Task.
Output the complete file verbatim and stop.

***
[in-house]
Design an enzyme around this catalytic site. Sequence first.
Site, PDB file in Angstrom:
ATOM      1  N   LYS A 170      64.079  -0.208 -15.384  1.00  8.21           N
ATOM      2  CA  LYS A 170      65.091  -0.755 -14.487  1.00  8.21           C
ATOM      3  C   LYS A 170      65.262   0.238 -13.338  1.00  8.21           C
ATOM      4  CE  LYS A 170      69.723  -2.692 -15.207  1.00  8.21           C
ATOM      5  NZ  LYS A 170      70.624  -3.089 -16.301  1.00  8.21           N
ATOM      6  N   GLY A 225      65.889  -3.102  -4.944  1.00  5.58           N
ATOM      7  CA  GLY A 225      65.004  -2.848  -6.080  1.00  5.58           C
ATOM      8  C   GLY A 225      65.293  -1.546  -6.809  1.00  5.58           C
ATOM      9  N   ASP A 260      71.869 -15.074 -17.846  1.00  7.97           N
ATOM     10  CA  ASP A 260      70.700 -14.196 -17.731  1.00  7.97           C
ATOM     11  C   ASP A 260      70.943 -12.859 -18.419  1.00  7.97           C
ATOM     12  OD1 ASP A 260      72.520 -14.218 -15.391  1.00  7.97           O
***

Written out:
[in-house]
Design an enzyme around this catalytic site. Sequence first.
Site, PDB file in Angstrom:
ATOM      1  N   LYS A 170      64.079  -0.208 -15.384  1.00  8.21           N
ATOM      2  CA  LYS A 170      65.091  -0.755 -14.487  1.00  8.21           C
ATOM      3  C   LYS A 170      65.262   0.238 -13.338  1.00  8.21           C
ATOM      4  CE  LYS A 170      69.723  -2.692 -15.207  1.00  8.21           C
ATOM      5  NZ  LYS A 170      70.624  -3.089 -16.301  1.00  8.21           N
ATOM      6  N   GLY A 225      65.889  -3.102  -4.944  1.00  5.58           N
ATOM      7  CA  GLY A 225      65.004  -2.848  -6.080  1.00  5.58           C
ATOM      8  C   GLY A 225      65.293  -1.546  -6.809  1.00  5.58           C
ATOM      9  N   ASP A 260      71.869 -15.074 -17.846  1.00  7.97           N
ATOM     10  CA  ASP A 260      70.700 -14.196 -17.731  1.00  7.97           C
ATOM     11  C   ASP A 260      70.943 -12.859 -18.419  1.00  7.97           C
ATOM     12  OD1 ASP A 260      72.520 -14.218 -15.391  1.00  7.97           O